June 14, 2009
June 14, 2009
June 17, 2009
Minorities in Engineering
14.737.1 - 14.737.11
A unique opportunity for recruiting engineering students has developed in the Antelope Valley of Southern California (AV). While the AV refers to itself as the “Aerospace Valley”, with a high percentage of the workforce employed by Edwards Air Force Base and the major Aerospace Prime Contractors, it has had no local baccalaureate degree granting institution to support these high tech industries. A State University College of Engineering, has partnered with the City of Lancaster, the United States Air Force, and local employers to create a unique baccalaureate degree granting program in the AV. The existence of this program has created the opportunity to recruit engineering students from a high school population that is 31.7% Hispanic and 13.7% African Americani. However, to successfully recruit students from this population into engineering careers and eventual employment in the local Aerospace industry, it is necessary to change the paradigm of the local high school student population. Under the current paradigm less than 21% of high school seniors graduate ready to enter the CSU system without remediationii. Among those who are prepared to enter the CSU system, the prevailing attitude is to leave the AV permanentlyiii.
To combat these prevailing attitudes and attract students to Engineering, the local staff and professors have modified the Engineering 11 course, offered by the servicing state University for the local population. Engineering 11, titled Engineering Applications, is a course designed to introduce qualified high school students to the principles and practices of engineering during their junior or senior years of high school. The course carries three units of transferable credit. In the AV, Engineering 11 has been designed and implemented by ‘minority’ instructors with the support of a Title V grant in an attempt to recruit students from underrepresented groups into engineering. An innovative project-based format allows the students to discover the basic principles of mechanical, electrical, and civil engineering while practicing trouble shooting, leadership, and project strategy. This paper discusses the details of the course, its “lecture on demand” style of instruction, the involvement of local industry, and the demographics of the students enrolling in the class. In its second semester, the course can already claim some accomplishments in preparing students for engineering undergraduate success.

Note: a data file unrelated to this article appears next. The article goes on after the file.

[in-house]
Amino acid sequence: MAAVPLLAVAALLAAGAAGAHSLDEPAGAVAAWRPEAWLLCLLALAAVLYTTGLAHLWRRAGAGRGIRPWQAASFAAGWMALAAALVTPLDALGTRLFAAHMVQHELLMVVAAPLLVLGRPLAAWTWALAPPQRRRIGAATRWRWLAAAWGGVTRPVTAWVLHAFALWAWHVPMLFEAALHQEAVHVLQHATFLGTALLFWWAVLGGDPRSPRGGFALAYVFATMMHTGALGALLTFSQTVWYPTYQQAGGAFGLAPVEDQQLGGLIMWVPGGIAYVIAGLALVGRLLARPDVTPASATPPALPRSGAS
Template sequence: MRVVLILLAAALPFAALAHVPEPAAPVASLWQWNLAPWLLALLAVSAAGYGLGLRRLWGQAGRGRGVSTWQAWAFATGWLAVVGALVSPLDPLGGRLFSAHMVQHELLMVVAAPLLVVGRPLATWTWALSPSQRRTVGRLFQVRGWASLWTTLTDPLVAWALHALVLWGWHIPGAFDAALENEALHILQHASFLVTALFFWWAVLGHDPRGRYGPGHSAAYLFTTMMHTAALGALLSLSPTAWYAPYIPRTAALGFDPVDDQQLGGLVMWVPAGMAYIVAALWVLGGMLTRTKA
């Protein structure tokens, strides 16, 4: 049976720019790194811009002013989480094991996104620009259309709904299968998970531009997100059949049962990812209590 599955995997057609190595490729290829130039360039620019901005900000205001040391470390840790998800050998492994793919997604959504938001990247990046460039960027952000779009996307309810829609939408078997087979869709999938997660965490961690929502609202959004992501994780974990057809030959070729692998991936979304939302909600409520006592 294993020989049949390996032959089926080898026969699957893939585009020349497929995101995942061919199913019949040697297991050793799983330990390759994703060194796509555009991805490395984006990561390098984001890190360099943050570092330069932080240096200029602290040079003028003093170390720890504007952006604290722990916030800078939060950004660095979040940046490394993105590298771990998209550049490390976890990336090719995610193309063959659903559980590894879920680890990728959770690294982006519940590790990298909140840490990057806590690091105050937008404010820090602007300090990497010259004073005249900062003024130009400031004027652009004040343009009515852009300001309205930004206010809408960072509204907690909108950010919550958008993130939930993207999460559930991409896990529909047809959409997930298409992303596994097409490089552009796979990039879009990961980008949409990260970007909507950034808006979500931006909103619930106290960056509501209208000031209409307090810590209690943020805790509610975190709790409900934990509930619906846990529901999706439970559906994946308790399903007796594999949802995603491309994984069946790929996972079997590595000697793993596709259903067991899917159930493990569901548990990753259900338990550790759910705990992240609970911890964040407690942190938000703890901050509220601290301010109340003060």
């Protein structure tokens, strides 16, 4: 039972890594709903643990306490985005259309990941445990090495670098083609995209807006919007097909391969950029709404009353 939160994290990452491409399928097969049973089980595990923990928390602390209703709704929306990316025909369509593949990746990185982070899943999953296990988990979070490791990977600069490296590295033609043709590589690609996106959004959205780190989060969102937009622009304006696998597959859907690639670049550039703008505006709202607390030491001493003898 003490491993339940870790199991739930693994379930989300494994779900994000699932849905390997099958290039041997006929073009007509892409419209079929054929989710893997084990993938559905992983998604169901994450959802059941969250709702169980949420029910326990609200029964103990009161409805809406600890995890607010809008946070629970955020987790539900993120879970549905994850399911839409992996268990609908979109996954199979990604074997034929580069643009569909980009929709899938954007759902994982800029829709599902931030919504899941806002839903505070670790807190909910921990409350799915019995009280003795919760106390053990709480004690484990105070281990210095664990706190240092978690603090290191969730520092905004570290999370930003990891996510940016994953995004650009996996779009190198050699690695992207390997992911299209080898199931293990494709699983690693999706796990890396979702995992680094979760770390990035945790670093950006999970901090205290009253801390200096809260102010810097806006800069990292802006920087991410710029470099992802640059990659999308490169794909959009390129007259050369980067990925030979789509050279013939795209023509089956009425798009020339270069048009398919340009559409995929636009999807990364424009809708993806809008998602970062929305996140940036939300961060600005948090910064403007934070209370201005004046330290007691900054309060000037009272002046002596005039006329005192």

This paper offers a ‘snapshot’ of demographic information and course development for a particular college outreach and recruiting course in engineering. A snapshot isolates a detail, freezes it in time and removes it from its active context. In developing the information for this paper, it became apparent that the ‘action behind the snapshot’, its context, is important to understanding the demographics of the course. As with any piece of information that is frozen in time and isolated from its surroundings, it is the greater background story that is of equal importance to the captured image. Therefore, this paper attempts to relate not only exact information about the course developed but also the history of the community efforts that preceded the course development and resulting demographics.
Shelley, J., & Bowen, M. (2009, June), Innovation In Engineering Outreach Paper presented at 2009 Annual Conference & Exposition, Austin, Texas. https://peer.asee.org/5493
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